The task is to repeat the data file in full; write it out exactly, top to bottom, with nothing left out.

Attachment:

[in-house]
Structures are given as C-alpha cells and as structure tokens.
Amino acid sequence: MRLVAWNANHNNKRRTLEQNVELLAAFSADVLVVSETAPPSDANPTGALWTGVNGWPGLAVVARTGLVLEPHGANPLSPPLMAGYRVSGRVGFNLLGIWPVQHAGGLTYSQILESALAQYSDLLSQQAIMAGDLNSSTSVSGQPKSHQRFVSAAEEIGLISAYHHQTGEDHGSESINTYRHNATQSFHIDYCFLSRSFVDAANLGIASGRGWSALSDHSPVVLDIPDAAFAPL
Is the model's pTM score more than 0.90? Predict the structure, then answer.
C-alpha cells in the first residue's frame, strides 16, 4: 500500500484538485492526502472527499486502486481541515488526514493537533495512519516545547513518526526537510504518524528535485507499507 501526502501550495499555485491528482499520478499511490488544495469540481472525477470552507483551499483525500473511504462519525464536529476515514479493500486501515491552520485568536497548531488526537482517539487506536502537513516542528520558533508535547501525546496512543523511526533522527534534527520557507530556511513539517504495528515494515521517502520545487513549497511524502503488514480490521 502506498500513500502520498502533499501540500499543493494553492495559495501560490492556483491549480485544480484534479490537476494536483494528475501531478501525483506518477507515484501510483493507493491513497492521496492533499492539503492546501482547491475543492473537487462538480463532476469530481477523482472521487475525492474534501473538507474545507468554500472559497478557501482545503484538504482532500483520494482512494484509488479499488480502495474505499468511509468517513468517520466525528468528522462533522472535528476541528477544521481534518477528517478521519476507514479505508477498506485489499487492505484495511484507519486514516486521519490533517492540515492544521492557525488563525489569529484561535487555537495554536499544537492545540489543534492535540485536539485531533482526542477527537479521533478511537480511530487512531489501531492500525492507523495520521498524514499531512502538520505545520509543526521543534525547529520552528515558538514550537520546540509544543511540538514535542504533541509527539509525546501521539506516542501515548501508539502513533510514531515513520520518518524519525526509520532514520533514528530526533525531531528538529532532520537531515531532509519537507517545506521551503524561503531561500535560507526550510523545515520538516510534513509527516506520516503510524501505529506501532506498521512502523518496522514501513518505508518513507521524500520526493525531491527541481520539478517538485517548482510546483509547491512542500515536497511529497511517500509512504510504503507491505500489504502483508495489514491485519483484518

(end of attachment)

[in-house]
Structures are given as C-alpha cells and as structure tokens.
Amino acid sequence: MRLVAWNANHNNKRRTLEQNVELLAAFSADVLVVSETAPPSDANPTGALWTGVNGWPGLAVVARTGLVLEPHGANPLSPPLMAGYRVSGRVGFNLLGIWPVQHAGGLTYSQILESALAQYSDLLSQQAIMAGDLNSSTSVSGQPKSHQRFVSAAEEIGLISAYHHQTGEDHGSESINTYRHNATQSFHIDYCFLSRSFVDAANLGIASGRGWSALSDHSPVVLDIPDAAFAPL
Is the model's pTM score more than 0.90? Predict the structure, then answer.
C-alpha cells in the first residue's frame, strides 16, 4: 500500500484538485492526502472527499486502486481541515488526514493537533495512519516545547513518526526537510504518524528535485507499507 501526502501550495499555485491528482499520478499511490488544495469540481472525477470552507483551499483525500473511504462519525464536529476515514479493500486501515491552520485568536497548531488526537482517539487506536502537513516542528520558533508535547501525546496512543523511526533522527534534527520557507530556511513539517504495528515494515521517502520545487513549497511524502503488514480490521 502506498500513500502520498502533499501540500499543493494553492495559495501560490492556483491549480485544480484534479490537476494536483494528475501531478501525483506518477507515484501510483493507493491513497492521496492533499492539503492546501482547491475543492473537487462538480463532476469530481477523482472521487475525492474534501473538507474545507468554500472559497478557501482545503484538504482532500483520494482512494484509488479499488480502495474505499468511509468517513468517520466525528468528522462533522472535528476541528477544521481534518477528517478521519476507514479505508477498506485489499487492505484495511484507519486514516486521519490533517492540515492544521492557525488563525489569529484561535487555537495554536499544537492545540489543534492535540485536539485531533482526542477527537479521533478511537480511530487512531489501531492500525492507523495520521498524514499531512502538520505545520509543526521543534525547529520552528515558538514550537520546540509544543511540538514535542504533541509527539509525546501521539506516542501515548501508539502513533510514531515513520520518518524519525526509520532514520533514528530526533525531531528538529532532520537531515531532509519537507517545506521551503524561503531561500535560507526550510523545515520538516510534513509527516506520516503510524501505529506501532506498521512502523518496522514501513518505508518513507521524500520526493525531491527541481520539478517538485517548482510546483509547491512542500515536497511529497511517500509512504510504503507491505500489504502483508495489514491485519483484518